Speaker Marilyn Mayes Kaltenborn, age 6

The Historical Society of the Town of Middletown (HSM) will hold its annual meeting and luncheon Saturday, Oct. 26 at noon.
Marilyn Mayes Kaltenborn will be the featured speaker, with a talk on “Growing up in Fleischmanns in the 1950s and ‘60s.”
Space is limited. Reserve your spot by October 20 ($20 per person) by calling 845-586-2860 or emailing
The luncheon, catered by Anna Blish, will be followed by a business meeting that includes the annual HSM Executive Committee election. HSM members will be asked to approve officers Diane Galusha (President), Bill Blish (Vice President), Marilyn Pitetti (Treasurer) and Amy Taylor (Secretary). Pat Moore is up for re-election as a trustee, and Doris Warner is also a trustee candidate. Both are for three-year terms.
In her illustrated presentation, Marilyn Kaltenborn says, “I hope to give the audience a sense of what it was like to live within an hour’s drive of nearly all of my living relatives, to be distantly related to many of the year-around residents of Fleischmanns, to attend Fleischmanns High School, to work on Saturday mornings at my father’s veneer mill, and to live in a village that became a small city every summer when thousands of tourists (for whom English was a second language) came to town from New York City.”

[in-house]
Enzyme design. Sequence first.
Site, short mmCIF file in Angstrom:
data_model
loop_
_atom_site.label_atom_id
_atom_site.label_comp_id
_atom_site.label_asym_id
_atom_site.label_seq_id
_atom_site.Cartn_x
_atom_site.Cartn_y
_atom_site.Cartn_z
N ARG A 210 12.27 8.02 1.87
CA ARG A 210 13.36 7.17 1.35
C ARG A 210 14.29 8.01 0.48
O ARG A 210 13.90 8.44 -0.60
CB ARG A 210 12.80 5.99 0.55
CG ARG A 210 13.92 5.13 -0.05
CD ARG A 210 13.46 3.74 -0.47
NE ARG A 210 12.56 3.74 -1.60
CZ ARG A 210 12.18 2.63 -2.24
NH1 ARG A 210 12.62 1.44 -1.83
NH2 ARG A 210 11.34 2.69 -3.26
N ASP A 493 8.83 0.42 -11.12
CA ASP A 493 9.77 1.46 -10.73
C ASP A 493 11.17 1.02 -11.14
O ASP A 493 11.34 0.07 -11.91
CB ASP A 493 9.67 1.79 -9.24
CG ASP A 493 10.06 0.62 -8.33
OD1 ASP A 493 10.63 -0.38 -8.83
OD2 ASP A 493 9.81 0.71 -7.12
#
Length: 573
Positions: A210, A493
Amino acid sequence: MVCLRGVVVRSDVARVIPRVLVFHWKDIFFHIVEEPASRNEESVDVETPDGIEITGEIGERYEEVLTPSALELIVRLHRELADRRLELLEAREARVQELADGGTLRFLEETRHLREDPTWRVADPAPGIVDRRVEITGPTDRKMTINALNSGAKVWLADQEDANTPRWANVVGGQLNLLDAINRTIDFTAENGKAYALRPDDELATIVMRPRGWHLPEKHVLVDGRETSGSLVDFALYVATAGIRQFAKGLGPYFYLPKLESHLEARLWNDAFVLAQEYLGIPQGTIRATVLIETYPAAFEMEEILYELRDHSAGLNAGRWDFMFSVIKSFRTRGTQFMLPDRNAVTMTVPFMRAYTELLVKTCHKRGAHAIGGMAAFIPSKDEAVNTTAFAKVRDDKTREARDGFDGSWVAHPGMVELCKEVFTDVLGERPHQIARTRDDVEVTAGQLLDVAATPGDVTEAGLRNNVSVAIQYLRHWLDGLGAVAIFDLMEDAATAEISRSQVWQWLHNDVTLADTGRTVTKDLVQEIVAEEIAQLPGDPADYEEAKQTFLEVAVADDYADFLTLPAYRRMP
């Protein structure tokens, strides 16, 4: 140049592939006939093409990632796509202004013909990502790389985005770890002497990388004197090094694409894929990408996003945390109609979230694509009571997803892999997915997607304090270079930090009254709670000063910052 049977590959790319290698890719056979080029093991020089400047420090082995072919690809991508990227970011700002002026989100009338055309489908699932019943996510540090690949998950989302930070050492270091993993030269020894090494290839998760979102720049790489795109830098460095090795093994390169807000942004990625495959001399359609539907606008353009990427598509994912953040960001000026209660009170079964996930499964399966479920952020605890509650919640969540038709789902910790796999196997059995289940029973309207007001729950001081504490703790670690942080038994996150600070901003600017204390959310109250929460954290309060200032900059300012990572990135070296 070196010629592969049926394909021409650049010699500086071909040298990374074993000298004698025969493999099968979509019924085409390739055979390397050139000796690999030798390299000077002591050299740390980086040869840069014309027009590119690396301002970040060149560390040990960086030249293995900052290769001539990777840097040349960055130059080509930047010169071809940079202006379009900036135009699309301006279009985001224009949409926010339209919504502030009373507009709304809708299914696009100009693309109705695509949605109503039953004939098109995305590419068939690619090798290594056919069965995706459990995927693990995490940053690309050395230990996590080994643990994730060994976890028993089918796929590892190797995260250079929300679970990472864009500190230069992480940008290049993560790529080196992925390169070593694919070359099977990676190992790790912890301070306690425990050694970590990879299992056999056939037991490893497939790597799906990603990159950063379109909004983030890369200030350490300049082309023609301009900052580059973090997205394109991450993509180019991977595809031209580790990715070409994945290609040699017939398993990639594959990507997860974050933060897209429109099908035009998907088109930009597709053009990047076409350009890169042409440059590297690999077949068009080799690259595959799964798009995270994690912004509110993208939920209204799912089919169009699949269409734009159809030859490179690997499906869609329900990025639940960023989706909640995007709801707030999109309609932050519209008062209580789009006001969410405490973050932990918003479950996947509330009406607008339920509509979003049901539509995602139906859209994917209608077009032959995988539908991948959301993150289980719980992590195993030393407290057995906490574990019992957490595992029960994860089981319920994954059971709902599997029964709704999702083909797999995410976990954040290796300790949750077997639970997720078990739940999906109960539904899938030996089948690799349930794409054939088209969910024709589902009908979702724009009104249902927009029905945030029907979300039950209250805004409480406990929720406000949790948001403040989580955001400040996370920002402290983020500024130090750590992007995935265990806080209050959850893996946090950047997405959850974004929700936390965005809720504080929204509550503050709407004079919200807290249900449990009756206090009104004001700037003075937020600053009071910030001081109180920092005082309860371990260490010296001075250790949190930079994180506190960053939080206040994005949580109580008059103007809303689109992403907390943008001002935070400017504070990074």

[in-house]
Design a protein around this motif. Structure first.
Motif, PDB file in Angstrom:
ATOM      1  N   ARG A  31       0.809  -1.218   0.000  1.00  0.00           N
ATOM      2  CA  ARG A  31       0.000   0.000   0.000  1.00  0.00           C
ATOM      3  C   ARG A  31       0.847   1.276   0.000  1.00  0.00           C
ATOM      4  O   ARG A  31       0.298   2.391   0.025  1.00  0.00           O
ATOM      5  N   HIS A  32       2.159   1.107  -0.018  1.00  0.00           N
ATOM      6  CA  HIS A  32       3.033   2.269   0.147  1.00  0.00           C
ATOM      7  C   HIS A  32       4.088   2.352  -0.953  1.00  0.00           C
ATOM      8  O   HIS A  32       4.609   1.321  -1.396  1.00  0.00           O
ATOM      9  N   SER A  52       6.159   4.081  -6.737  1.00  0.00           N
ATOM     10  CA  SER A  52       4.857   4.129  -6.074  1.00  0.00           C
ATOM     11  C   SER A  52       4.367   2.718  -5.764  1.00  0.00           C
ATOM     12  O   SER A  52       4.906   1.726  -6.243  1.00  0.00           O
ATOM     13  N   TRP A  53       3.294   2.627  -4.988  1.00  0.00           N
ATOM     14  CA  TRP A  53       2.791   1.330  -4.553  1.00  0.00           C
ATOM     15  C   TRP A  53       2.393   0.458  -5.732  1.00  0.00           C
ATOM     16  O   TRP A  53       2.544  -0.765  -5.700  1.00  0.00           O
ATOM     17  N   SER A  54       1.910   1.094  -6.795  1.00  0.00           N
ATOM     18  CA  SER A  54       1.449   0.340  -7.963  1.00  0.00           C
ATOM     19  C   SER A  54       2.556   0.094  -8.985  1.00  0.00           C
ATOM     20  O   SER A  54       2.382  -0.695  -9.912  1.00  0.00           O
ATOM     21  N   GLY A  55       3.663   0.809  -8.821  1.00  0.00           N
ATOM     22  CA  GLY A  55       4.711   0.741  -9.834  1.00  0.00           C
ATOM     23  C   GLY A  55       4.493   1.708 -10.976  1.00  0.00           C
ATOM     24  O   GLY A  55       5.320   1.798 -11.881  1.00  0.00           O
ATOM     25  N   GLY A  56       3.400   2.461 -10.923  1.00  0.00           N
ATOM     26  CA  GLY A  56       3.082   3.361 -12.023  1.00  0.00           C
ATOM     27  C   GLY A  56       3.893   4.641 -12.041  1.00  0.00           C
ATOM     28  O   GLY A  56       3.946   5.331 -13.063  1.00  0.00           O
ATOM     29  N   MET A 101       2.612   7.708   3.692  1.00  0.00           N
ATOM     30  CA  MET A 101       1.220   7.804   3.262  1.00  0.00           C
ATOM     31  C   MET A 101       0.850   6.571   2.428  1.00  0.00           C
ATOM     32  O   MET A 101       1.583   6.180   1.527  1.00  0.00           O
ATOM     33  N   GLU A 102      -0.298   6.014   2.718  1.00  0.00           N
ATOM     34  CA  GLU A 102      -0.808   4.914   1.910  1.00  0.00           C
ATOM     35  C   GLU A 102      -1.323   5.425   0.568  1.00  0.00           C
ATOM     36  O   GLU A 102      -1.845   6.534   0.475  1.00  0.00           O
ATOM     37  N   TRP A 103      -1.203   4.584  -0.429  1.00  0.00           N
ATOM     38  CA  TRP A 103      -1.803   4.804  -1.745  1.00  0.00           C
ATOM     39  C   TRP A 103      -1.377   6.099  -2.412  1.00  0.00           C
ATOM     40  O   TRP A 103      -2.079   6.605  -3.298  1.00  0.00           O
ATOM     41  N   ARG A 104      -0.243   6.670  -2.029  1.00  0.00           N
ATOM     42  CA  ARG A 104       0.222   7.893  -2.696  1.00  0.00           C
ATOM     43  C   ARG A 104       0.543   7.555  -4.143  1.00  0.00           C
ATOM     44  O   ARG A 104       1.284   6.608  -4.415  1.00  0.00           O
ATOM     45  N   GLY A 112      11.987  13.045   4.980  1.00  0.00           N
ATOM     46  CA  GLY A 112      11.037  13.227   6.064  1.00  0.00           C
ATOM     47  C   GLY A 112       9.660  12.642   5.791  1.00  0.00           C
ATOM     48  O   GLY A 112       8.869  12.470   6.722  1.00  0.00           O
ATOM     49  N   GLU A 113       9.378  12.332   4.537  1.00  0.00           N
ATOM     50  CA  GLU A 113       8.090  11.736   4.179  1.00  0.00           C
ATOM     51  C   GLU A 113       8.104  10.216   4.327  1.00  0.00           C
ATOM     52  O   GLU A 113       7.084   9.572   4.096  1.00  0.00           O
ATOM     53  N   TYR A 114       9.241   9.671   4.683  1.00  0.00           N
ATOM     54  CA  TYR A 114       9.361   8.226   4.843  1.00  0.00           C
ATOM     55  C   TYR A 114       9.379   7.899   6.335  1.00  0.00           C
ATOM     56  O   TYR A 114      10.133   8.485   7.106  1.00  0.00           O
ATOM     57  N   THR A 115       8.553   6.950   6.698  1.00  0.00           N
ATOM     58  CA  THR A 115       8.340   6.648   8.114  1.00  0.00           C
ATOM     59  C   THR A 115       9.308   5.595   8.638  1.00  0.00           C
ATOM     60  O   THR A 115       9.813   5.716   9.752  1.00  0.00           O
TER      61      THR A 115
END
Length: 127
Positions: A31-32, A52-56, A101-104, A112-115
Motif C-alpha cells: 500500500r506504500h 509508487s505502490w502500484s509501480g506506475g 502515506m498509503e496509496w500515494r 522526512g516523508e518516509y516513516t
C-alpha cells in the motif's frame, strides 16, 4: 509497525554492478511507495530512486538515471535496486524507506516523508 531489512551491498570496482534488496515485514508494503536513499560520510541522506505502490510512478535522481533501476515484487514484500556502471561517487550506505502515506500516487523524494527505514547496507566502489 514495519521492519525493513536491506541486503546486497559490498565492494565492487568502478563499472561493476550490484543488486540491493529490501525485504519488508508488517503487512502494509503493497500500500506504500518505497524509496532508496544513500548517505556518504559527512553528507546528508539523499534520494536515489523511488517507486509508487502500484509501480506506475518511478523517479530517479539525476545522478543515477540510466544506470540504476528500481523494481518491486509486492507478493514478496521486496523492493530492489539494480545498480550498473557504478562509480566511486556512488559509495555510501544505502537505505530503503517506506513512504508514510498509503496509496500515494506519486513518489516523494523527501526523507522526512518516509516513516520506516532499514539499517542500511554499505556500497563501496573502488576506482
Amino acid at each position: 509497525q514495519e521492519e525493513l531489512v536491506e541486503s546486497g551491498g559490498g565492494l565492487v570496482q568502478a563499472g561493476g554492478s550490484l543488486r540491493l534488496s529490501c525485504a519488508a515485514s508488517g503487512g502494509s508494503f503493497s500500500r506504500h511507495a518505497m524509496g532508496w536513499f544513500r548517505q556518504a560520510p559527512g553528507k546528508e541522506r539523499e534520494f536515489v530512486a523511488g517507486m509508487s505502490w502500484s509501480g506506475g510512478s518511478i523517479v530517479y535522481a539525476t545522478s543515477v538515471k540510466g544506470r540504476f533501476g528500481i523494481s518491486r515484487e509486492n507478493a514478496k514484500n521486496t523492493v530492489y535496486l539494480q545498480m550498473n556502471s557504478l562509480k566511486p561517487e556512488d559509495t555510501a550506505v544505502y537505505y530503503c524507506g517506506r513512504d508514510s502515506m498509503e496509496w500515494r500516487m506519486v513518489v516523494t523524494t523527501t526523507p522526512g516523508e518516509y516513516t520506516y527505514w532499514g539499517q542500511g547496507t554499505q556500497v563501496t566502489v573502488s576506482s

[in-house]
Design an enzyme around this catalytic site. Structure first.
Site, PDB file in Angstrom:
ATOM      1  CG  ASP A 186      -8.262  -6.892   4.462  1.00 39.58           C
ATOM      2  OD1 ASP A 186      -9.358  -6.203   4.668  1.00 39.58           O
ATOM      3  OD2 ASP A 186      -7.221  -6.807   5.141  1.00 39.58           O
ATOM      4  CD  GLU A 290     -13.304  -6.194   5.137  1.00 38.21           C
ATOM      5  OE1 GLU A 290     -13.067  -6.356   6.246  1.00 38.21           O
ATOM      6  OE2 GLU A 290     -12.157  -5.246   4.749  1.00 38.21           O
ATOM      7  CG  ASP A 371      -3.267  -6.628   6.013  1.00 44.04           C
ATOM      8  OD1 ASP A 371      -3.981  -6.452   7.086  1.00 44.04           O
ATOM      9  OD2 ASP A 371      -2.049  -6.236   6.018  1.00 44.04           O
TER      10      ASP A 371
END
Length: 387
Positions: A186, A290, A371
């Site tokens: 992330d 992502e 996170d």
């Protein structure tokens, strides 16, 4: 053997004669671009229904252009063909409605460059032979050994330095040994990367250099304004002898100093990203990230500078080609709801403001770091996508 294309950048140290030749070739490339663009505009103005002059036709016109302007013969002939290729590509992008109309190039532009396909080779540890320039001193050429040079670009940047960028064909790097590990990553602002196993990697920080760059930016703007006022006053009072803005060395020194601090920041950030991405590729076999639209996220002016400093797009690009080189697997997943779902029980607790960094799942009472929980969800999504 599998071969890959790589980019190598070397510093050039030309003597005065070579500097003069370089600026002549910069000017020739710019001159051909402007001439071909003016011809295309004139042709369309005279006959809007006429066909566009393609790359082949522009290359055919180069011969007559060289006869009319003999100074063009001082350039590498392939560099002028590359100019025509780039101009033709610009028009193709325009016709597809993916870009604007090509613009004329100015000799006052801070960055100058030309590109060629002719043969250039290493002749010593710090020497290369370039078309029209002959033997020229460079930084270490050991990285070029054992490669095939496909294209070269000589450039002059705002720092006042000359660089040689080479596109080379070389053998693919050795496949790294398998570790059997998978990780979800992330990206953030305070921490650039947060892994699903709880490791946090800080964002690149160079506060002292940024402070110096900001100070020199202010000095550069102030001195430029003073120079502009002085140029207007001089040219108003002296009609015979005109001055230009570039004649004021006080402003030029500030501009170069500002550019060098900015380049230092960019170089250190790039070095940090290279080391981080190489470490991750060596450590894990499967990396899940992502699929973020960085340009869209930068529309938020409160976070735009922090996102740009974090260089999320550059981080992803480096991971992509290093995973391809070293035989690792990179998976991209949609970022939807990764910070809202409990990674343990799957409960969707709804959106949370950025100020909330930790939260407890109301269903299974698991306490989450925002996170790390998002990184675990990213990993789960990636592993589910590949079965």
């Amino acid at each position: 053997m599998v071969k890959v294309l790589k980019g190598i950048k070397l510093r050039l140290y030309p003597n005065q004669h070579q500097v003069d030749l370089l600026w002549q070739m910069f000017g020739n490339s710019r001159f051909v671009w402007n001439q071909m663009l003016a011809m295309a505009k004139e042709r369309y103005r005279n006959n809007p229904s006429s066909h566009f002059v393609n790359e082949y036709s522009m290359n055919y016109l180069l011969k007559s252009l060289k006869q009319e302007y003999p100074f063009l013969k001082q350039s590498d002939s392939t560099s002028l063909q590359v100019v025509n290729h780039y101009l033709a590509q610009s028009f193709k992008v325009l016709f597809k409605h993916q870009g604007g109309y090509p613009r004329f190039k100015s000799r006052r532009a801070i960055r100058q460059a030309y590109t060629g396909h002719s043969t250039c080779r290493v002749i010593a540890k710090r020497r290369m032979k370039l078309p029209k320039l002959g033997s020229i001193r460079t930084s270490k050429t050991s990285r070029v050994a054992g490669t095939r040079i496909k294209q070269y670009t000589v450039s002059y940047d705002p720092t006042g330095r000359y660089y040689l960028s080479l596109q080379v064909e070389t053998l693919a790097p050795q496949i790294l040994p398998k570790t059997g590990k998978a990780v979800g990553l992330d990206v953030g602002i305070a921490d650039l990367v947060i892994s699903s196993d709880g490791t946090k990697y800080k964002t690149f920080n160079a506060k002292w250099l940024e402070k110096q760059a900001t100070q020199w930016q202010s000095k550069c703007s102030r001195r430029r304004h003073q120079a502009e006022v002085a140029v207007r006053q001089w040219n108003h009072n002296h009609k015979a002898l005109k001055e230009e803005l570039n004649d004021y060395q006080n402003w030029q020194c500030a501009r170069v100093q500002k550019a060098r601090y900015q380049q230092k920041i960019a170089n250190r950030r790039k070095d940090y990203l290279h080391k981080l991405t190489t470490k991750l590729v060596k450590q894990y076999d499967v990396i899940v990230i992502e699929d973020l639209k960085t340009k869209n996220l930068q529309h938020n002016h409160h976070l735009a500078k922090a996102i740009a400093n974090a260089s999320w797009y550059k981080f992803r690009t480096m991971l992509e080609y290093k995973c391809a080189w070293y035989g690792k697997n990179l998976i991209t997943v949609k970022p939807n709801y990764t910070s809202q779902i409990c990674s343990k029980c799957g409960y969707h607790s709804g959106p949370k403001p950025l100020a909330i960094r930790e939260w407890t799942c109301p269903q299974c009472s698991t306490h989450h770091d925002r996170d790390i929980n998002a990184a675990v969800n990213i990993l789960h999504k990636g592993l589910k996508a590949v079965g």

Kaltenborn, daughter of Murray and Bertha Cowan Mayes, graduated at the top of her class at Fleischmanns High School in 1967, the year before the school merged with Margaretville. She earned a B.A. in mathematics at William Smith College and a law degree at Albany Law School. She worked at the NYS Tax Department for over 30 years.
Upon retiring, she started to write true stories about her Fleischmanns upbringing which resulted in a 2013 memoir An Uncommon Childhood: Growing up in the Catskill Mountains During the 1950s and 1960s. Copies of the book will be available for purchase on October 26.
For more information on this and other HSM activities, visit where you can become a member and donate to the Campaign for a Middletown History Center.

Autumn History Stroll is Oct. 6 in Margaretville

A leisurely walk in the Village of Margaretville on Sunday, Oct. 6 will combine the season’s colors with some local history at an event to benefit the Historical Society of Middletown (HSM) Building Fund.